What Can I Do With a Bachelor’s in Public Health?
A bachelor’s degree in public health can prepare you for many unique career paths.
For example, many go on to work in for-profit organizations focused on planning public health care.
These can include various planning teams and research crews that help gauge better public health policies.
However, other students enter healthcare, non-profit organizations, academic organizations, and governmental teams.
In addition, you can find careers in multiple jobs, such as community health specialists, prevention teams, and teachers in various fields.
Health education specialists may work with public schools, private companies, and public organizations to teach the community about better health steps.
However, you may transition into careers like nutritional support or research-based care in many communities.
You may also become an epidemiologist to gather information about diseases and better plan treatment and control.
These professionals are often in high demand from state and federal officials and can progress to much higher career paths, including as CEOs of various public health management firms.
Professionals in public health can anticipate salaries between $68,000 to over $82,000, depending on their job path.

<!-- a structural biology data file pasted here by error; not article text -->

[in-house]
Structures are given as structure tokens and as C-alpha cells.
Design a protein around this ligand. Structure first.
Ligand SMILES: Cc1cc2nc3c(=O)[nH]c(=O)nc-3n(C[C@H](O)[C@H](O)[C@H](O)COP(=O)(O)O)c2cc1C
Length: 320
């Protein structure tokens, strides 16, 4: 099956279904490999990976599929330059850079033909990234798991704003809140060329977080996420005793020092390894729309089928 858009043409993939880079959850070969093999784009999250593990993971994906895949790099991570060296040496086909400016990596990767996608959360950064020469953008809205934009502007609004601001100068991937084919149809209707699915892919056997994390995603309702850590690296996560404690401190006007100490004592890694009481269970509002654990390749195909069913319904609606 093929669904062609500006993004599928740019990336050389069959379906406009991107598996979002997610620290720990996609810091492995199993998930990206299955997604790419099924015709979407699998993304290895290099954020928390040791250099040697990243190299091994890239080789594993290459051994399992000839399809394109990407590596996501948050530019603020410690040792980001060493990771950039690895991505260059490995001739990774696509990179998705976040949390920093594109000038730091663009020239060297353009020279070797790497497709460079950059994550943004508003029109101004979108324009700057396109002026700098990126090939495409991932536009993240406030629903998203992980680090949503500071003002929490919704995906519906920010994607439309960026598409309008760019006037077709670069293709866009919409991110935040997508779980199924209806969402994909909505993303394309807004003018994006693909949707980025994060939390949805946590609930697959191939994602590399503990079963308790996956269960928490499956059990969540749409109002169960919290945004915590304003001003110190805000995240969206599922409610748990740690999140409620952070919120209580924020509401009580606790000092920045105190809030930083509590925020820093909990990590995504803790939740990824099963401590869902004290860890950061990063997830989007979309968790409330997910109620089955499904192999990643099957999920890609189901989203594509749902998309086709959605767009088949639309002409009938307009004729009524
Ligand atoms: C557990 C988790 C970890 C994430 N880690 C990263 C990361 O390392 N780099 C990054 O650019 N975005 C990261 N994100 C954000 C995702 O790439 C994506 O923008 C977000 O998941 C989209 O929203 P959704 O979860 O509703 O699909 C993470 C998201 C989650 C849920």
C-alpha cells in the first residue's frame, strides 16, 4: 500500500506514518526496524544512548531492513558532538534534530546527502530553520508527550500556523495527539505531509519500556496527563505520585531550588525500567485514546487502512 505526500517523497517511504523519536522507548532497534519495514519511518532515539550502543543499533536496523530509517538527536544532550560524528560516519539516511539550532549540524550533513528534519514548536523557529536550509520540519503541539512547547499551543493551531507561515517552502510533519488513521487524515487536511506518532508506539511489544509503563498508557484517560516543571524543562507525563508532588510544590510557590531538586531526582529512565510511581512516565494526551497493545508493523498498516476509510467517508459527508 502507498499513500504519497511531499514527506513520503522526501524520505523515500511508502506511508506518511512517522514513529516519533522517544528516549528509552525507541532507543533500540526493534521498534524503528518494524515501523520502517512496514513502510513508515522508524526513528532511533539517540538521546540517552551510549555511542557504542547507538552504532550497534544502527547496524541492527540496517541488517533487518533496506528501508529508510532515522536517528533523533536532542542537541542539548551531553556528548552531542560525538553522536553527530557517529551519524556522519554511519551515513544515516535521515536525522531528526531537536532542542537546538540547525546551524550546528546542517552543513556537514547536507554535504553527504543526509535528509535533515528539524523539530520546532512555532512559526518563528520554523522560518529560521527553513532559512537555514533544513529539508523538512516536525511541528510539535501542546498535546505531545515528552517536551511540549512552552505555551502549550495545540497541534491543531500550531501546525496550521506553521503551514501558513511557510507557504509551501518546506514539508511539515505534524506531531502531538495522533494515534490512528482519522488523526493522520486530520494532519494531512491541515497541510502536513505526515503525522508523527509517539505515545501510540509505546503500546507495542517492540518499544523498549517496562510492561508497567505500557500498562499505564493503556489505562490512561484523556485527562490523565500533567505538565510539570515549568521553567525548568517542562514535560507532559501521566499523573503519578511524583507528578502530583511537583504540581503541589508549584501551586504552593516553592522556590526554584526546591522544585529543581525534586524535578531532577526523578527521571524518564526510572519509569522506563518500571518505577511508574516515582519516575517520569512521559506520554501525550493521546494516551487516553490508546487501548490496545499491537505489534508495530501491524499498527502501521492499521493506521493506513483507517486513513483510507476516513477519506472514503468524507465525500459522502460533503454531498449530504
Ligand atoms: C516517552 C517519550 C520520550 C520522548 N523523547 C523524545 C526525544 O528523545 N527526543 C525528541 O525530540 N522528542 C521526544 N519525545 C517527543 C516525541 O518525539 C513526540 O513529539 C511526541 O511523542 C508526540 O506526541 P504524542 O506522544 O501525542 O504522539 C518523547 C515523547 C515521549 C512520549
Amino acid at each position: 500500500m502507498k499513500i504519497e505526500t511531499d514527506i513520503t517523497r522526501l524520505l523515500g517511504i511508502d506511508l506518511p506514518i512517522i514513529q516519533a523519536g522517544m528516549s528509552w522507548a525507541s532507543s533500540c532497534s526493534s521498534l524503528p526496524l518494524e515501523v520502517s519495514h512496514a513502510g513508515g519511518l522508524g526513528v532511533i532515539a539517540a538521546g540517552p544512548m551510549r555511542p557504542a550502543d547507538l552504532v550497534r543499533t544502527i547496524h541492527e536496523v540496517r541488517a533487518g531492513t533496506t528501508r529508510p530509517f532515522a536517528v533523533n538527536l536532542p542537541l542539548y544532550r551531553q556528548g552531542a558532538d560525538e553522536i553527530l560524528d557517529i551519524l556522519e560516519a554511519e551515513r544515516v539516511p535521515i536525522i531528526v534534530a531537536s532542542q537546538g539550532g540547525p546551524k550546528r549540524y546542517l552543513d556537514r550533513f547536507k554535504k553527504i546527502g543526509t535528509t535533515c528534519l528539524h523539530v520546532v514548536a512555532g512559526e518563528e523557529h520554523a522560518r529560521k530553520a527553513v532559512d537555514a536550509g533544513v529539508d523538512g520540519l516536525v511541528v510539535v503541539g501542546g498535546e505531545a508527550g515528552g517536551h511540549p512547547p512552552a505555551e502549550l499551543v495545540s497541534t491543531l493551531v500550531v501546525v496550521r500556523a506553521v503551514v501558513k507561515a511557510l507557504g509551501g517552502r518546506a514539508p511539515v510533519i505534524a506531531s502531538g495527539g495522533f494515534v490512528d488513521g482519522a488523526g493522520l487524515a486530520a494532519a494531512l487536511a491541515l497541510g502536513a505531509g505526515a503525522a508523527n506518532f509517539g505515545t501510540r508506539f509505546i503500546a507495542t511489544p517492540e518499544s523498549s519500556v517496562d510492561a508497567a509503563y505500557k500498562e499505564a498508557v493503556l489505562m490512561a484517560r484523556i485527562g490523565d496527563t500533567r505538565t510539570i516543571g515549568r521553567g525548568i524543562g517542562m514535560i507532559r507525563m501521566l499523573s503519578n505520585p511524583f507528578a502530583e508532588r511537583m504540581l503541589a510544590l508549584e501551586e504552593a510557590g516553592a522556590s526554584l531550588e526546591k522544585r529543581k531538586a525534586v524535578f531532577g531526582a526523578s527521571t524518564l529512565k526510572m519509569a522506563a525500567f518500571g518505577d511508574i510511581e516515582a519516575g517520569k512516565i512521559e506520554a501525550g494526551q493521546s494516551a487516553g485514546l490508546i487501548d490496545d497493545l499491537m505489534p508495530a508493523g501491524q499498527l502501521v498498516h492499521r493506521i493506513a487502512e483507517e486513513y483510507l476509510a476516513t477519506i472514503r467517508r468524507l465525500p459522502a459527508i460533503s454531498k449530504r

This makes public health a fairly profitable career path.
You may even progress to various management positions if you start your career on the right track.
If you want to transition into higher education teaching opportunities, you need a master’s or doctorate, depending on where you teach.
While this will cost you more money, it’s an option that may appeal to those who want to help others prepare for a career in this field.
Should I Get a Bachelor’s in Public Health?
A bachelor’s degree in public health is a good option for someone who wants to help society become a better place.
People in this field often work in meaningful careers and support set healthcare policy.
There’s a high demand for these professionals, so you’ll likely find a job quickly.
This field is in particular demand after the COVID-19 pandemic caught the world by surprise.
A highly trained group of public health professionals could help minimize the risk of a further pandemic and support current healthcare initiatives in this field.
Demand in this field is likely to increase by two- or three-fold in the coming years, providing many unique career opportunities for those who enjoy helping others or working with statistics.
It’s also a great career option for those who enjoy statistics and can analyze them properly to track health trends.
Many people in public health also transition to educational careers, working as university professors or high school teachers.
You’ll need to get a degree to teach in either of these fields, though accelerated options are available.